Opinion September 26, 2020

Richard Cooke
The media’s Covid-19 contrarians

I bought John Kehoe a coffee in 2016, when we were both in Washington, DC. Too late now for a refund, and there was, as far as I can remember, no hint of any latent Oedipal drive behind his small talk, nothing to indicate that on April 9 of this year, …

Opinion September 12, 2020

Danielle Wood
The way out of the Covid-19 recession

“The recession we had to have”. It’s the phrase Paul Keating famously used to describe Australia’s previous recession, which began in 1990, but it is far more apt for Australia’s coronavirus recession a full 30 years later. The …

paul bongiorno

Opinion October 23, 2020

Will Scott Morrison go full-term?

It is always fascinating to watch the cat-and-mouse game that Australian prime ministers play with election dates. Unencumbered by fixed terms, convention dictates that the campaign starts whenever the incumbent believes they are in the best position …

Opinion October 17, 2020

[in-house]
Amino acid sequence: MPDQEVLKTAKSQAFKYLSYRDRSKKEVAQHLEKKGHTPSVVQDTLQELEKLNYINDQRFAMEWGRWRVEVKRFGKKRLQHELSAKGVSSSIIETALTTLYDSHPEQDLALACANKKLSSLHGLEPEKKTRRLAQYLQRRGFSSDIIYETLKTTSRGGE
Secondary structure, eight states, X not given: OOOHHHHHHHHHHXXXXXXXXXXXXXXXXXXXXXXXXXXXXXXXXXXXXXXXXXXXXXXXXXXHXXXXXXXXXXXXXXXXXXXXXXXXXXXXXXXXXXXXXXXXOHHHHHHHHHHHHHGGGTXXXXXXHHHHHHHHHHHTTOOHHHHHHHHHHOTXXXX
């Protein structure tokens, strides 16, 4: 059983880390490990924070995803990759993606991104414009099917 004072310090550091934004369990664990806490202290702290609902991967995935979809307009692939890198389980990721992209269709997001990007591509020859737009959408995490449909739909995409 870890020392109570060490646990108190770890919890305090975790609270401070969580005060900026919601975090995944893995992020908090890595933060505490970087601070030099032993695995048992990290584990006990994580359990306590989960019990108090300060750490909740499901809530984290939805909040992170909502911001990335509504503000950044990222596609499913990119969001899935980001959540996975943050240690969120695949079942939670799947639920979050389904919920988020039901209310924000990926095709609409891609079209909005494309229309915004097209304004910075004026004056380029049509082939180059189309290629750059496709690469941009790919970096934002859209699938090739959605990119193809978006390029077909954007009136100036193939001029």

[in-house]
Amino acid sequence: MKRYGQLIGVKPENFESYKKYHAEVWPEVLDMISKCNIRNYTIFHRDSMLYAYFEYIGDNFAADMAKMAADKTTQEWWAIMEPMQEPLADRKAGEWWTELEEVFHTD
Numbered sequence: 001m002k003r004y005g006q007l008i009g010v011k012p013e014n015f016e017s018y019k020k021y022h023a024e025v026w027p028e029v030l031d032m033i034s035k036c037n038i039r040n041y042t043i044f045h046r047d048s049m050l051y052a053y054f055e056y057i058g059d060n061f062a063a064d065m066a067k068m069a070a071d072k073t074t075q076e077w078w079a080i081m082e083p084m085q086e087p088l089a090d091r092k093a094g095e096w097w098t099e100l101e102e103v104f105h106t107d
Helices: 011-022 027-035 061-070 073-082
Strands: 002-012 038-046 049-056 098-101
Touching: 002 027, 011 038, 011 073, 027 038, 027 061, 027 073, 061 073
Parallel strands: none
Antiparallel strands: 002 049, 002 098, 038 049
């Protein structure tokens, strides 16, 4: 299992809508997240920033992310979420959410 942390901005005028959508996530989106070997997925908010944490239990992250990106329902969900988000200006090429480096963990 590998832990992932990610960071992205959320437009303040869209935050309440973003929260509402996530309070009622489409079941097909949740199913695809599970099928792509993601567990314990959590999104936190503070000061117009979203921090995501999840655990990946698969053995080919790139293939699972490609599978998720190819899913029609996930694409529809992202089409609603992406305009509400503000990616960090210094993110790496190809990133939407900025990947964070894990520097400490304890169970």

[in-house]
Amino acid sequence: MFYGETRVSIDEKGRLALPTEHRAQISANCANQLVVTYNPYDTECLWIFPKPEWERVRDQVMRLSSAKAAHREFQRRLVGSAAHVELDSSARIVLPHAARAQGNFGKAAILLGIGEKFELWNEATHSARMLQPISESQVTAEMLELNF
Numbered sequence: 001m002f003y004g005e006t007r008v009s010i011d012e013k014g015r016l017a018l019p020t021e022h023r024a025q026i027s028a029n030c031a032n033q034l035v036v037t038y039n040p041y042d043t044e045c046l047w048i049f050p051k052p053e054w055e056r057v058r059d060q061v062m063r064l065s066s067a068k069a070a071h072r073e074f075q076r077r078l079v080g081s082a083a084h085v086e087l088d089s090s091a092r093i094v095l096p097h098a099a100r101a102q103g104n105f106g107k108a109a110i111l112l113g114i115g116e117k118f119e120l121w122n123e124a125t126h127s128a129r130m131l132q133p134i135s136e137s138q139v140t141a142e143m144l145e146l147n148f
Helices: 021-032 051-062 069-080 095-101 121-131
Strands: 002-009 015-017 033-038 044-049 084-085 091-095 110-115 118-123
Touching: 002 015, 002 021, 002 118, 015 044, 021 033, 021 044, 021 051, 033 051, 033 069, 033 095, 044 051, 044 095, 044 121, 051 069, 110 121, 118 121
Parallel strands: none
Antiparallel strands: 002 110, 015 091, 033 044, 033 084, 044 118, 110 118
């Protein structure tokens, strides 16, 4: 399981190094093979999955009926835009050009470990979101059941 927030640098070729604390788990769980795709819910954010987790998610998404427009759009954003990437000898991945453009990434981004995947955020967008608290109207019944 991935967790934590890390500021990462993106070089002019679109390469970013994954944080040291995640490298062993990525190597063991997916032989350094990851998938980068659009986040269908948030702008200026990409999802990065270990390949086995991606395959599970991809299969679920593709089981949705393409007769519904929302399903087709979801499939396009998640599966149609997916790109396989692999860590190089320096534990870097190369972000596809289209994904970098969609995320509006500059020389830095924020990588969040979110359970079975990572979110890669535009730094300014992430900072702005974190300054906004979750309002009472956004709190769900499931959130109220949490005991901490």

Dark clouds descend on PM in the Sunshine State

A beaming Scott Morrison gave the TV news crews the sort of picture opportunity they really appreciate. Perched behind a machinegun in the turret of a military tank, the prime minister was having a fun ride. The fun, however, didn’t last and …

Opinion October 10, 2020

Furiously digging a deeper hole in the budget

The usual wisdom is that when you are in a deep hole you stop digging. Any doubt about how deep a hole the federal budget is in was blown away on Tuesday night but, instead of stopping, Treasurer Josh Frydenberg brought in even heavier earthmoving equipment. The …

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Opinion October 24, 2020